She looked so sweet and sad. As we held her gaze, her waves of loneliness cut through the Plexiglas to touch us. We learned that she’d belonged to family who’d “run into hard times.” They were being evicted, so they surrendered her to the shelter. She’d been at the shelter for over a month.

When we left PetSmart, my heart had been replaced with a ball of mixed emotions, which I promptly expressed on Facebook. Some of my friends – you know who you are! – were so encouraging and supportive and wonderful, commenting and texting me. The conundrum was that (in accordance with policy) the adoption folks wouldn’t hold her for us for even half a day, even if we paid the fee; if we wanted to adopt her, we had to make the decision and do it tout de suite. It would have to happen quickly, lest someone else swoop in and adopt her!

We went back.

We changed her name. It was funny how we arrived at it: I suggested “Nenette” – we both wanted a French name – and Callaghan replied with, “My Godmother’s name was Nenette!” I hadn’t known that. (Also, we found out later when talking to Maman, Callaghan’s Mom, that “Nenette” had been slang for “chick” in France back in the 60’s and 70’s.) We both loved the name, and it suited the little girl. Nounours et Nenette. We purchased a nametag and fed it to the engraving machine at the front of the store before leaving.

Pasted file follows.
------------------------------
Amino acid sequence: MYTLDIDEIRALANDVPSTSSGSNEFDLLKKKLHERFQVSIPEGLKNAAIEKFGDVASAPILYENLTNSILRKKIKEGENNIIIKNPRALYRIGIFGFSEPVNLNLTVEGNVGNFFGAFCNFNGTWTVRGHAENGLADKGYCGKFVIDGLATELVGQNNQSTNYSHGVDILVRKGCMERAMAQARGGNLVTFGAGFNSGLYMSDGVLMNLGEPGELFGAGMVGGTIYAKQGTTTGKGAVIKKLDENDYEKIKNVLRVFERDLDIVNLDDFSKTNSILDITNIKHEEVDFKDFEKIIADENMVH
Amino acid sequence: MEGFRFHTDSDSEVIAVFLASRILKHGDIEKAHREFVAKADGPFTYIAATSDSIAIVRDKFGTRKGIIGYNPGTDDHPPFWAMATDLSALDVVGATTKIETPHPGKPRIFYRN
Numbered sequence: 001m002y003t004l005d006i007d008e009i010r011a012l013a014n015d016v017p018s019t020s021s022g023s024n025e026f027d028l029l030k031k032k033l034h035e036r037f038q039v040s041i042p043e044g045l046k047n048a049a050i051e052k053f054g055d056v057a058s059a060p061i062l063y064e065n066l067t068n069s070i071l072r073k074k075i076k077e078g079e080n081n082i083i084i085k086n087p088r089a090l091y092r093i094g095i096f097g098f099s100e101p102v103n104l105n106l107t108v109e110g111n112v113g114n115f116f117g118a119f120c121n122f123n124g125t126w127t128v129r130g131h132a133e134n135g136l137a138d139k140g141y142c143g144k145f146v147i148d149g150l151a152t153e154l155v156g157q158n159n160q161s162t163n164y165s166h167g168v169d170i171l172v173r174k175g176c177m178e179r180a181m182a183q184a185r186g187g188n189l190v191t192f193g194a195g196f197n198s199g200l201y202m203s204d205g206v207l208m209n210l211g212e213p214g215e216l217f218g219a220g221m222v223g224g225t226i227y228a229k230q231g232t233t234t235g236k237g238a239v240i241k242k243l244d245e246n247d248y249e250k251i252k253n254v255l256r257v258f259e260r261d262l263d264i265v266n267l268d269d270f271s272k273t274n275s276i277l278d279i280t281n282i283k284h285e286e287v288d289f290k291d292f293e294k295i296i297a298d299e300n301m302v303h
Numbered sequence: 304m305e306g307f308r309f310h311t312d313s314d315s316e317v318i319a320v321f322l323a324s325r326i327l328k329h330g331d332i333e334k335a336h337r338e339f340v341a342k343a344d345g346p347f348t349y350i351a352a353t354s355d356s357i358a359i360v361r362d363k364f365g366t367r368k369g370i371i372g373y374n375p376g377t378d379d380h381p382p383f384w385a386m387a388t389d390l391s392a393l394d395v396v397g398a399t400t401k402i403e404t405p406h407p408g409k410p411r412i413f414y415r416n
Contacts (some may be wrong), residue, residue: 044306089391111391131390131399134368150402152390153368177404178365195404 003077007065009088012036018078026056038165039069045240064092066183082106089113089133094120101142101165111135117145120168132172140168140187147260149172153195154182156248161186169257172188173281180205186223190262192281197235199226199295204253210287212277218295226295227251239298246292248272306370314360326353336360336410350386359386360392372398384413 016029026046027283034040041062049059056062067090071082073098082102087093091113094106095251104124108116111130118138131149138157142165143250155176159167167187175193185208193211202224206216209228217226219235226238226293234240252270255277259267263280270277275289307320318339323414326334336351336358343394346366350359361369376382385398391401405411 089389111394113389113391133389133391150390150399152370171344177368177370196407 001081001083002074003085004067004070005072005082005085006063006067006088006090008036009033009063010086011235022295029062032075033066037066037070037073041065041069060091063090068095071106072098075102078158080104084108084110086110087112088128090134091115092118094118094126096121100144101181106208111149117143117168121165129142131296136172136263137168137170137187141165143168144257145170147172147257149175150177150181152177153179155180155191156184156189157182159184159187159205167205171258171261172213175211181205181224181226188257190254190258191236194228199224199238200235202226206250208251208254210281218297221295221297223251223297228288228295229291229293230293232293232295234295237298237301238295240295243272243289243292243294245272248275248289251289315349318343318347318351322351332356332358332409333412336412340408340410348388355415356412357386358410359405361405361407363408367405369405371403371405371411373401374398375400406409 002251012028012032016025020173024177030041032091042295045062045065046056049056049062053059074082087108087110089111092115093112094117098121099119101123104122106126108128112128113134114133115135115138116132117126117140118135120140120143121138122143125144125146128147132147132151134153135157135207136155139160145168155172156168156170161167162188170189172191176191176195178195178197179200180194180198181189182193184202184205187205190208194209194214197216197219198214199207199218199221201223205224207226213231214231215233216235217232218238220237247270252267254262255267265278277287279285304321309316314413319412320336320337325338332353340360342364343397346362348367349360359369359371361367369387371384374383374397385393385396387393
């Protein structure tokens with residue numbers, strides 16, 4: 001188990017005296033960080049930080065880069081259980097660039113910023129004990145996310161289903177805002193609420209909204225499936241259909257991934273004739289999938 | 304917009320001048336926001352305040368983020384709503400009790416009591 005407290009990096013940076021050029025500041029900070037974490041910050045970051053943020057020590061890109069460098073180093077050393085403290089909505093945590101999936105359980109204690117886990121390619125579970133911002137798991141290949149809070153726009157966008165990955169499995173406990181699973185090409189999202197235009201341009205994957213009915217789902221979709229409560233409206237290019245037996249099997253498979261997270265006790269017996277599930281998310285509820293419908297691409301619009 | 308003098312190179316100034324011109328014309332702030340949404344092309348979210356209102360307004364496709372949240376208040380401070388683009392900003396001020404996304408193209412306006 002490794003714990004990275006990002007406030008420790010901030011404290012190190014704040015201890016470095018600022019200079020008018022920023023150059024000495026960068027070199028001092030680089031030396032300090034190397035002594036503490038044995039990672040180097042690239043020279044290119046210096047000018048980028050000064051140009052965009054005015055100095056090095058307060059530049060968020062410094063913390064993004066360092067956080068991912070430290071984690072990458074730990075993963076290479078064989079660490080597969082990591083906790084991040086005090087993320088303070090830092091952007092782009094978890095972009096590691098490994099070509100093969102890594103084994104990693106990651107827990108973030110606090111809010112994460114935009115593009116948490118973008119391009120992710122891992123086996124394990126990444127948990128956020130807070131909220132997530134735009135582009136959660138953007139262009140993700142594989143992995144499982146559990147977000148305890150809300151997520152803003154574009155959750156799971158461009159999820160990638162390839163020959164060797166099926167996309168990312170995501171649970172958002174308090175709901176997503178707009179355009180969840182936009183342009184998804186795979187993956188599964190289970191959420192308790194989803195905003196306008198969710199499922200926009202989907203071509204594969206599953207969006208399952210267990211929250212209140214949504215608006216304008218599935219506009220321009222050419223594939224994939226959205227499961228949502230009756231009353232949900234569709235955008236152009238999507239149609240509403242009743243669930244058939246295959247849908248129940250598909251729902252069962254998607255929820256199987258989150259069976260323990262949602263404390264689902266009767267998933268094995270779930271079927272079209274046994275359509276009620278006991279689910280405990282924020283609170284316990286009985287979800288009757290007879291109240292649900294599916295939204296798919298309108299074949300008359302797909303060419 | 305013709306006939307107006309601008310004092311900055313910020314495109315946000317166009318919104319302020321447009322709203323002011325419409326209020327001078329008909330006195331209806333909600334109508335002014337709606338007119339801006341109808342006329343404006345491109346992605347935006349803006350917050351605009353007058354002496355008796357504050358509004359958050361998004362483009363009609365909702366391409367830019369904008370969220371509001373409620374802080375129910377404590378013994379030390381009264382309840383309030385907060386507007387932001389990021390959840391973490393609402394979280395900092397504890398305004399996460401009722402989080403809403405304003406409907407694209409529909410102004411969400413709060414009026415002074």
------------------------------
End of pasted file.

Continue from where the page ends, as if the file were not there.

She already knows her new name.

She already knows her new name.

 

At home later that evening, we sat in the living room and watched as Nenette explored her new forever home.

Here’s one of the first pics I took of her:

 

Part-Abyssinian, part Manx, Nenette has no tail (a characteristic of the latter).